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Andy Rourke, Bassist for the Smiths, Dead at 59

Andy Rourke, a bassist for the Smiths who propelled the genre of indie pop forward, has died at age 59. The English musician’s death followed “a lengthy illness with pancreatic cancer,” bandmate Johnny Marr confirmed on social media.

Born in 1964 in Manchester, Rourke got an early start in music – befriending Marr and starting a band at the age of 11. In 1982, Marr and singer Morrissey teamed up to create the Smiths, then bringing Rourke into the fold as bassist. Rourke was known for his agile, melodic basslines during the beginning of the band’s legacy. As the Smiths explored stranger sounds, Rourke drew from neighboring genres like chamber pop and goth, as heard in “The Queen Is Dead” and Meat Is Murder’s “Barbarism Begins at Home.”

The Smiths released the last of their studio albums, Strangeways Here We Come, in 1987. At the time, band conflicts, including royalty disputes, would soon bring about their demise. Rourke played with Morrissey in the singer’s early solo career and went on to guest with the likes of Sinéad O’Connor and the Pretenders, as well as in the supergroup Freebass with two fellow Manchester bassists: Mani from the Stone Roses and New Order’s Peter Hook.

Despite Marr not loving the idea of Rourke helping Morrissey’s solo career, the two seemingly reconciled after many years apart. Last September, Rourke played with Marr once more – joining the guitarist’s band at Madison Square Garden. It was Rourke’s final gig. That “is a matter of personal pride, as well as sadness,” Marr wrote in his statement. “Andy will always be remembered, as a kind and beautiful soul by everyone who knew him, and as a supremely gifted musician by people who love music.”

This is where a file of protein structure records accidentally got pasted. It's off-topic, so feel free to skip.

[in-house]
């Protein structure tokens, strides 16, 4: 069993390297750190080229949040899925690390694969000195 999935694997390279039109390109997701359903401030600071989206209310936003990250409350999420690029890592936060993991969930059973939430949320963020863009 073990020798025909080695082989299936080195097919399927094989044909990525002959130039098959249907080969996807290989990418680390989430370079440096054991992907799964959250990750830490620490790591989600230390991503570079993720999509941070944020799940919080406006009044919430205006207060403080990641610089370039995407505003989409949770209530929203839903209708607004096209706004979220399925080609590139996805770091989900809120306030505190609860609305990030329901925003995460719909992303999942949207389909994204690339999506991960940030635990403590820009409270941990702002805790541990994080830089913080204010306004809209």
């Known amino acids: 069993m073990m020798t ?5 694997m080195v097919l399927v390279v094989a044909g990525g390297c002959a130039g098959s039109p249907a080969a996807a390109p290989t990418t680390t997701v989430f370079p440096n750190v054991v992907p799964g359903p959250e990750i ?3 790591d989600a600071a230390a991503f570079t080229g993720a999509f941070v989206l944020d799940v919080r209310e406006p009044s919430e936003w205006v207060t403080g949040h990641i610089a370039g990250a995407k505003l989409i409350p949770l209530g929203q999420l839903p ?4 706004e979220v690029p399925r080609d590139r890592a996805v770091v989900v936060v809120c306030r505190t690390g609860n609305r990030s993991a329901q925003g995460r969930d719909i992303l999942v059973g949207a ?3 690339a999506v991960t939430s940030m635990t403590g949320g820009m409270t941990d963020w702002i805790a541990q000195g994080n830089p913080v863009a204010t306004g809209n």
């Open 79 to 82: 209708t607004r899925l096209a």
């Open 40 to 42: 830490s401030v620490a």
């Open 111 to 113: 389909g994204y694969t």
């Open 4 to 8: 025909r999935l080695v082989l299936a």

In a statement on his website, Morrissey wrote Rourke “will never die as long as his music is heard.” And, on Twitter, Smiths drummer Mike Joyce wrote, “Not only the most talented bass player I’ve ever had the privilege to play with but the sweetest, funniest lad I’ve ever met. Andy’s left the building, but his musical legacy is perpetual. I miss you so much already. Forever in my heart mate.”

See Marr, Joyce, and Morrissey’s tributes to Andy Rourke below.

Sometimes one of the most radical things you can do is to speak clearly. When someone dies, out come the usual blandishments … as if their death is there to be used. I’m not prepared to do this with Andy. I just hope … wherever Andy has gone … that he’s OK. He will never die as long as his music is heard. He didn’t ever know his own power, and nothing that he played had been played by someone else. His distinction was so terrific and unconventional and he proved it could be done. He was also very, very funny and very happy, and post-Smiths, he kept a steady identity – never any manufactured moves. I suppose, at the end of it all, we hope to feel that we were valued. Andy need not worry about that.– Steven Patrick Morrissey

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Article Image: Black and white photo of Andy Rourke playing bass. (Via Nalinee Darmrong.)

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About Kathryn Milewski

  • New Jersey